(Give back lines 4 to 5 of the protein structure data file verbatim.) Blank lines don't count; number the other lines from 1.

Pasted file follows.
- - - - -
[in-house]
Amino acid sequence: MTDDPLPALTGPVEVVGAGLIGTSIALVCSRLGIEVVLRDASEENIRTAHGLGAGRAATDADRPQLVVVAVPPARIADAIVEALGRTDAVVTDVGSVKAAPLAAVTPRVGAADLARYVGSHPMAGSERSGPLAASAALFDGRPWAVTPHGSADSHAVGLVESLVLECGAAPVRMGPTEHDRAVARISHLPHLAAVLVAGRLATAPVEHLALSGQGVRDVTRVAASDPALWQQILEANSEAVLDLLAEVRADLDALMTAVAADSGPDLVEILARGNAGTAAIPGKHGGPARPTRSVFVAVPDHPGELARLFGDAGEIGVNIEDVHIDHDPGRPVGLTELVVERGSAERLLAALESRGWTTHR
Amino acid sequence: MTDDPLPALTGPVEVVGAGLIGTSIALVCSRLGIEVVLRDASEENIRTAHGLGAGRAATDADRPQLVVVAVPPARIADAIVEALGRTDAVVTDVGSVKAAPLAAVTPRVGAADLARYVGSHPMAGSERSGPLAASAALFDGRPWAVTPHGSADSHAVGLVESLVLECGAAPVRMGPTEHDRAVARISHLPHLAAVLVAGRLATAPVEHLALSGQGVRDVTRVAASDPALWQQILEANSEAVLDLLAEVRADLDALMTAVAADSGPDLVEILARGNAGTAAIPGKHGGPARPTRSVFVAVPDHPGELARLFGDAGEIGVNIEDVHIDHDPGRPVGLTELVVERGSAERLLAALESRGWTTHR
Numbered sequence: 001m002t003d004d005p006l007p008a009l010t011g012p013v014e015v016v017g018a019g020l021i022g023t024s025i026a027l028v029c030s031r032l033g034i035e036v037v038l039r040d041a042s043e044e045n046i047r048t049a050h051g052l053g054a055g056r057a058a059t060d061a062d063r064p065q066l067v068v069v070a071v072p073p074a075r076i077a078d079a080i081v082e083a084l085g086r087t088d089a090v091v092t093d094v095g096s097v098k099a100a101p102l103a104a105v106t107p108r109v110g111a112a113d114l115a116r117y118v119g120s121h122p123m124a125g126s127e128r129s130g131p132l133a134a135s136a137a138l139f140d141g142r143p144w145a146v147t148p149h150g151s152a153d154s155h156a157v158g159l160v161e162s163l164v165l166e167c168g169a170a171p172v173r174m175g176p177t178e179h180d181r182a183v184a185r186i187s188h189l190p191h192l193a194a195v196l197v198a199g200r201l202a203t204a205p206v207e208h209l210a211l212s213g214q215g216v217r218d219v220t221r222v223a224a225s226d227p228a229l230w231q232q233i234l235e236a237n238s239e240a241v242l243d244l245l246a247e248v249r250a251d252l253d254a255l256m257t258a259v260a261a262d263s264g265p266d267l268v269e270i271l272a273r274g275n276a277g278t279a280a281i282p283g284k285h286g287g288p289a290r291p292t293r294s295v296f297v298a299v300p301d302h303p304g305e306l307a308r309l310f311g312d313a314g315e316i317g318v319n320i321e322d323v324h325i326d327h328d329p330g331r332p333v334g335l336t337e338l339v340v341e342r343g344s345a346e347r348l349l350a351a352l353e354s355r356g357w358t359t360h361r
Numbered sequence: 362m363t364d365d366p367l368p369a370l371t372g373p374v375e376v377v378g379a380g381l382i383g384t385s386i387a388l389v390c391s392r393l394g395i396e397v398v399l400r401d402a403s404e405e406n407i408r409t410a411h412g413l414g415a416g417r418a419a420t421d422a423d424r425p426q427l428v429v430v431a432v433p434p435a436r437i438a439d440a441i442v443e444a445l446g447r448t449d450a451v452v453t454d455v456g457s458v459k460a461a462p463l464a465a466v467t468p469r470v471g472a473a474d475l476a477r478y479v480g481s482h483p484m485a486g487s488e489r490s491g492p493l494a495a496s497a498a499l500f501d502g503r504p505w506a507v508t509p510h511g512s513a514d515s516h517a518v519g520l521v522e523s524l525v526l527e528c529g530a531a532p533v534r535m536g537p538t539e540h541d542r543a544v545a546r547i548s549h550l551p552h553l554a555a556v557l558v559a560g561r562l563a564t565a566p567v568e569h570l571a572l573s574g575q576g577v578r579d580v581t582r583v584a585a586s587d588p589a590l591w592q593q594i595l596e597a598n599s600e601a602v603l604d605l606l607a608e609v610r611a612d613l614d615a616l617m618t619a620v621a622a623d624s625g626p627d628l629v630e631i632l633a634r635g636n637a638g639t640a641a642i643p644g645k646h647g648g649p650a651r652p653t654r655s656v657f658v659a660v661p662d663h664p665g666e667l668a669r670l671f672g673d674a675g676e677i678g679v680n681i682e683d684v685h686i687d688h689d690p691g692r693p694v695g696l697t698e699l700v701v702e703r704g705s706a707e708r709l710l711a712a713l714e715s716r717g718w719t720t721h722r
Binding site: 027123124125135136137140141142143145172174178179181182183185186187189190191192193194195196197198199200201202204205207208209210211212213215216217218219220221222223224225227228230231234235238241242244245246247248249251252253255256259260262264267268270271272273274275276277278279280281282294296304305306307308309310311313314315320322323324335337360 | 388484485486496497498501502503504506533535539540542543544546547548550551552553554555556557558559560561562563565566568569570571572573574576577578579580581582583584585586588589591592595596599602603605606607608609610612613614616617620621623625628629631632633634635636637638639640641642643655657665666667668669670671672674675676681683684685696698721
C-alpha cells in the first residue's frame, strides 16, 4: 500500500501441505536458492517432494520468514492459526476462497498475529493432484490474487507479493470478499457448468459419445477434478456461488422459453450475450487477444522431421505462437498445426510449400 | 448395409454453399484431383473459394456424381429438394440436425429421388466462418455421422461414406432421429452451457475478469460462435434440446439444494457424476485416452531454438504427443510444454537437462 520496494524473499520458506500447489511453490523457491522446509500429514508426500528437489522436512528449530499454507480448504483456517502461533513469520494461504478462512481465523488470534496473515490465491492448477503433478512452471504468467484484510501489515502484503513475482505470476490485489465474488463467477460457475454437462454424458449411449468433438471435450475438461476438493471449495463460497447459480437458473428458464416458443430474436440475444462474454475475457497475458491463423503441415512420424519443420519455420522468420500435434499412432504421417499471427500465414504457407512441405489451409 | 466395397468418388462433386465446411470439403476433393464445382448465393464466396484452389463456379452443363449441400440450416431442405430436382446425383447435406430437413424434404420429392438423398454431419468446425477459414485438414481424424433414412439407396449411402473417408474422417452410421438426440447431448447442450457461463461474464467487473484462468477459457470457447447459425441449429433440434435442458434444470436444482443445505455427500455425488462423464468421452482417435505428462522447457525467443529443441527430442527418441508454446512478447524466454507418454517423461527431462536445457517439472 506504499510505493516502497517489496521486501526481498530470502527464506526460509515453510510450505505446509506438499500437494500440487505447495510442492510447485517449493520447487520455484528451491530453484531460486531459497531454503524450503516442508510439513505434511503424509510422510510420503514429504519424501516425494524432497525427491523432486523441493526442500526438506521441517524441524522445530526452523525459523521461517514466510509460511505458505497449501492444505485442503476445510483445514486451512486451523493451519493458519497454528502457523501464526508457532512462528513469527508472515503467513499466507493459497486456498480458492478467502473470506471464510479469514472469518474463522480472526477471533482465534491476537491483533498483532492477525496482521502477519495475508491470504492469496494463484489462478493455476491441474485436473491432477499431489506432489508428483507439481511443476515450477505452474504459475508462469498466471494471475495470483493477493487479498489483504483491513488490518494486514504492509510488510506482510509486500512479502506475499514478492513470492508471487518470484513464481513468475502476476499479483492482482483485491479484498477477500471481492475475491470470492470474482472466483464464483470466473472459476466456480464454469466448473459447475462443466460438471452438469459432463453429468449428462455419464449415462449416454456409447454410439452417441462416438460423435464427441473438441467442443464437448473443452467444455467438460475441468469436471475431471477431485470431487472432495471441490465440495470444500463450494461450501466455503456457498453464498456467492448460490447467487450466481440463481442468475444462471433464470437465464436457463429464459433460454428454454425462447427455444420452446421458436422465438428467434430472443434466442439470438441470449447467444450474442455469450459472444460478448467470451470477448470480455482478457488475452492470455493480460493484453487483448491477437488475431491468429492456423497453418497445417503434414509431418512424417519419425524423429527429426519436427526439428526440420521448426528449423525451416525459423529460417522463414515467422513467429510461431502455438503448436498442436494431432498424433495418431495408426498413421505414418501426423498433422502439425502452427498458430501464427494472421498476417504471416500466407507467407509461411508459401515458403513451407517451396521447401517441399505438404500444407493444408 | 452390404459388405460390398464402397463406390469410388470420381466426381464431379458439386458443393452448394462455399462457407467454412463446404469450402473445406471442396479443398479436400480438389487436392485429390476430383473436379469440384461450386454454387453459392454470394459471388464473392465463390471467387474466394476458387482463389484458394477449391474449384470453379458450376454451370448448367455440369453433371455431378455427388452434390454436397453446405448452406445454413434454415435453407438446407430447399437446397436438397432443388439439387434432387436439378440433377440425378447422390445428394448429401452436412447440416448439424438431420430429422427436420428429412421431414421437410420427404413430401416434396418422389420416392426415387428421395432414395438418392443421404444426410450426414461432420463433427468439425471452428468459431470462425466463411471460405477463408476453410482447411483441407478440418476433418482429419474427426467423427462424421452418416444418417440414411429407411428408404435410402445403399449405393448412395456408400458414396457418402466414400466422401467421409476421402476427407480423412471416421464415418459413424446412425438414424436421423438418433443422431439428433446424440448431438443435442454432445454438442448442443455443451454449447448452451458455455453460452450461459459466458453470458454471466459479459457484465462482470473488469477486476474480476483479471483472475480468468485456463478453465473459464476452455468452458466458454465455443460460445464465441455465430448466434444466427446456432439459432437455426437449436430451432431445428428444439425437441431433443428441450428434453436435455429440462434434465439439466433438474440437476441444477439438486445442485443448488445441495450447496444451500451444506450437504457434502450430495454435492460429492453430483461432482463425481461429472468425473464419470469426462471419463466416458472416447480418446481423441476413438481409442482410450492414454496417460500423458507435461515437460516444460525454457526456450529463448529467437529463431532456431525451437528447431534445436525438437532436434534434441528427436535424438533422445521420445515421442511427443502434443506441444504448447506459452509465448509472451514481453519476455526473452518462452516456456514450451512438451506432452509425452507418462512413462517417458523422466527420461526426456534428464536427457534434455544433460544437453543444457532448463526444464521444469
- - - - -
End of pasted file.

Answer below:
Numbered sequence: 001m002t003d004d005p006l007p008a009l010t011g012p013v014e015v016v017g018a019g020l021i022g023t024s025i026a027l028v029c030s031r032l033g034i035e036v037v038l039r040d041a042s043e044e045n046i047r048t049a050h051g052l053g054a055g056r057a058a059t060d061a062d063r064p065q066l067v068v069v070a071v072p073p074a075r076i077a078d079a080i081v082e083a084l085g086r087t088d089a090v091v092t093d094v095g096s097v098k099a100a101p102l103a104a105v106t107p108r109v110g111a112a113d114l115a116r117y118v119g120s121h122p123m124a125g126s127e128r129s130g131p132l133a134a135s136a137a138l139f140d141g142r143p144w145a146v147t148p149h150g151s152a153d154s155h156a157v158g159l160v161e162s163l164v165l166e167c168g169a170a171p172v173r174m175g176p177t178e179h180d181r182a183v184a185r186i187s188h189l190p191h192l193a194a195v196l197v198a199g200r201l202a203t204a205p206v207e208h209l210a211l212s213g214q215g216v217r218d219v220t221r222v223a224a225s226d227p228a229l230w231q232q233i234l235e236a237n238s239e240a241v242l243d244l245l246a247e248v249r250a251d252l253d254a255l256m257t258a259v260a261a262d263s264g265p266d267l268v269e270i271l272a273r274g275n276a277g278t279a280a281i282p283g284k285h286g287g288p289a290r291p292t293r294s295v296f297v298a299v300p301d302h303p304g305e306l307a308r309l310f311g312d313a314g315e316i317g318v319n320i321e322d323v324h325i326d327h328d329p330g331r332p333v334g335l336t337e338l339v340v341e342r343g344s345a346e347r348l349l350a351a352l353e354s355r356g357w358t359t360h361r
Numbered sequence: 362m363t364d365d366p367l368p369a370l371t372g373p374v375e376v377v378g379a380g381l382i383g384t385s386i387a388l389v390c391s392r393l394g395i396e397v398v399l400r401d402a403s404e405e406n407i408r409t410a411h412g413l414g415a416g417r418a419a420t421d422a423d424r425p426q427l428v429v430v431a432v433p434p435a436r437i438a439d440a441i442v443e444a445l446g447r448t449d450a451v452v453t454d455v456g457s458v459k460a461a462p463l464a465a466v467t468p469r470v471g472a473a474d475l476a477r478y479v480g481s482h483p484m485a486g487s488e489r490s491g492p493l494a495a496s497a498a499l500f501d502g503r504p505w506a507v508t509p510h511g512s513a514d515s516h517a518v519g520l521v522e523s524l525v526l527e528c529g530a531a532p533v534r535m536g537p538t539e540h541d542r543a544v545a546r547i548s549h550l551p552h553l554a555a556v557l558v559a560g561r562l563a564t565a566p567v568e569h570l571a572l573s574g575q576g577v578r579d580v581t582r583v584a585a586s587d588p589a590l591w592q593q594i595l596e597a598n599s600e601a602v603l604d605l606l607a608e609v610r611a612d613l614d615a616l617m618t619a620v621a622a623d624s625g626p627d628l629v630e631i632l633a634r635g636n637a638g639t640a641a642i643p644g645k646h647g648g649p650a651r652p653t654r655s656v657f658v659a660v661p662d663h664p665g666e667l668a669r670l671f672g673d674a675g676e677i678g679v680n681i682e683d684v685h686i687d688h689d690p691g692r693p694v695g696l697t698e699l700v701v702e703r704g705s706a707e708r709l710l711a712a713l714e715s716r717g718w719t720t721h722r